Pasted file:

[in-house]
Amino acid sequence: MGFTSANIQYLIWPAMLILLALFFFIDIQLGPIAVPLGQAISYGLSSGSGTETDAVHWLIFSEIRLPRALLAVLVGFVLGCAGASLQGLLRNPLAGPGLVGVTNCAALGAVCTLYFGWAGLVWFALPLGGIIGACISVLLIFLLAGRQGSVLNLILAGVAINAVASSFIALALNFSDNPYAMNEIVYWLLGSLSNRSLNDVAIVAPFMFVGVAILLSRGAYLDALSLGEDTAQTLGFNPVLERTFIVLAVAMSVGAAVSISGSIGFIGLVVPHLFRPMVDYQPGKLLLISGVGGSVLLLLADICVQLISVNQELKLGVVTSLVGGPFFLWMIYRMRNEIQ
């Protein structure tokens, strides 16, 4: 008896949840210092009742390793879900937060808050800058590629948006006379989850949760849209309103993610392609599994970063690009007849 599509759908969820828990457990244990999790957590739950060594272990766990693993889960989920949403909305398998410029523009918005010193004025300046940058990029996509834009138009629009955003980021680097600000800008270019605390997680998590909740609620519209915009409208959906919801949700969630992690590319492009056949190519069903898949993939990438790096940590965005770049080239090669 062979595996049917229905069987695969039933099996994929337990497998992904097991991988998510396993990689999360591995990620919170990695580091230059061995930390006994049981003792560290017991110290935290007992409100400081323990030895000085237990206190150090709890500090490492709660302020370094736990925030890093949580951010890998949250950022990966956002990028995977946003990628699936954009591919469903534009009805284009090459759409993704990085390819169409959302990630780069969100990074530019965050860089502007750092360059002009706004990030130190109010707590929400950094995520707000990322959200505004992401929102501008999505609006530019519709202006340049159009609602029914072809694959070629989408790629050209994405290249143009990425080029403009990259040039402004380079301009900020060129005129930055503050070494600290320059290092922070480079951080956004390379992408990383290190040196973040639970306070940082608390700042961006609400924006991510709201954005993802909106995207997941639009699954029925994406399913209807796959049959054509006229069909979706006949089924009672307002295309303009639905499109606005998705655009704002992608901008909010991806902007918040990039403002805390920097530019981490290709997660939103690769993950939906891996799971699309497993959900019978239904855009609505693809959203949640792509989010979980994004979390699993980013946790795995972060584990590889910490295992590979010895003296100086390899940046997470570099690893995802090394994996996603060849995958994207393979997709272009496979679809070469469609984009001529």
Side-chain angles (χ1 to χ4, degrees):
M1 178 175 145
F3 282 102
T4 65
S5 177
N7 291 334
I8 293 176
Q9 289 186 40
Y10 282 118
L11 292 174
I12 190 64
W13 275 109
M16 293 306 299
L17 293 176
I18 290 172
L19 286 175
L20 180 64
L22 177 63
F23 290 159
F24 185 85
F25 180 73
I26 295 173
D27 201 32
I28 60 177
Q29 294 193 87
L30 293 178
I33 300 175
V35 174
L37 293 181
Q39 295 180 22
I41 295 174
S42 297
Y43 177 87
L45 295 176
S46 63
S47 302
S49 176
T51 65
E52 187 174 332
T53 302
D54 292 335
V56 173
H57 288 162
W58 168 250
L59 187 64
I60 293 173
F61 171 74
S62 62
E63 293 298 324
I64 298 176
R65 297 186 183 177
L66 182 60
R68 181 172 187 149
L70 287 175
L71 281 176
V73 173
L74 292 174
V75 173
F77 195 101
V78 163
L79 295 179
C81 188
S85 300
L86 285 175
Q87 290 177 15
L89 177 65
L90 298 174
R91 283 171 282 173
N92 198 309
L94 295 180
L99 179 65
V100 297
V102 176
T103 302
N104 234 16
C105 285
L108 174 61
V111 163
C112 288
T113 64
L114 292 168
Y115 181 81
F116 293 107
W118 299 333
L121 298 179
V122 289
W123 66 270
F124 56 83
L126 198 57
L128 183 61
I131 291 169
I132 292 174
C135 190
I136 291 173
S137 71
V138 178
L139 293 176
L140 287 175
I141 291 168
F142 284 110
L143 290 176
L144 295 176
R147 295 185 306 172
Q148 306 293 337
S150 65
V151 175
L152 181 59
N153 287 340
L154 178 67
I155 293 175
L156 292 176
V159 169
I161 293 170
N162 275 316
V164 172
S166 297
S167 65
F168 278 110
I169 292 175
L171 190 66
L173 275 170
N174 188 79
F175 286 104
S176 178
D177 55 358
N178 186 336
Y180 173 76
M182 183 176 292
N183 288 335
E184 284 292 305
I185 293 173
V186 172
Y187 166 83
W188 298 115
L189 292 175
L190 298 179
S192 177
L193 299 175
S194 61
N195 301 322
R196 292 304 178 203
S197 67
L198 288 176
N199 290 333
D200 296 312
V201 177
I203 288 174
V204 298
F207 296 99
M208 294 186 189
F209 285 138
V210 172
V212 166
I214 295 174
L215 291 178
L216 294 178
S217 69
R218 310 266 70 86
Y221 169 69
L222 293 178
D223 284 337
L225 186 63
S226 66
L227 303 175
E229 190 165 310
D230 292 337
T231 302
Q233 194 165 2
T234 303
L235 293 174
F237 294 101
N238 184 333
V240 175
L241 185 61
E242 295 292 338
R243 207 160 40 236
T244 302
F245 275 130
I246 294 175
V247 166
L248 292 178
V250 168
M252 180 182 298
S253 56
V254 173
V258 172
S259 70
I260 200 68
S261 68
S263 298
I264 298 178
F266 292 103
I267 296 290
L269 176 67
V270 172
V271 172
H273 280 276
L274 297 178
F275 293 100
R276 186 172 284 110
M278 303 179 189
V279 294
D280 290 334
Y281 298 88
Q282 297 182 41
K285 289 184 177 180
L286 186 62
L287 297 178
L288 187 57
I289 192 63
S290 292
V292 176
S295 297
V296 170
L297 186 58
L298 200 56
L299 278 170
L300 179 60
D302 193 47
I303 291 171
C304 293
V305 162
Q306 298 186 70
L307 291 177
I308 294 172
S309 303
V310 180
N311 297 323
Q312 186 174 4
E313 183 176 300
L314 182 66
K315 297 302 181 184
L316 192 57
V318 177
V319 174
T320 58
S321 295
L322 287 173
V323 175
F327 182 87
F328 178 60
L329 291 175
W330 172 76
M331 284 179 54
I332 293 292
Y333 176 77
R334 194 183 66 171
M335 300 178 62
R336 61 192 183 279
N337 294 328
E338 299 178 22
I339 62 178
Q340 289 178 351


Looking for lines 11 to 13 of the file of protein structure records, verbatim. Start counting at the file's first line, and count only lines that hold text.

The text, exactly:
Q9 289 186 40
Y10 282 118
L11 292 174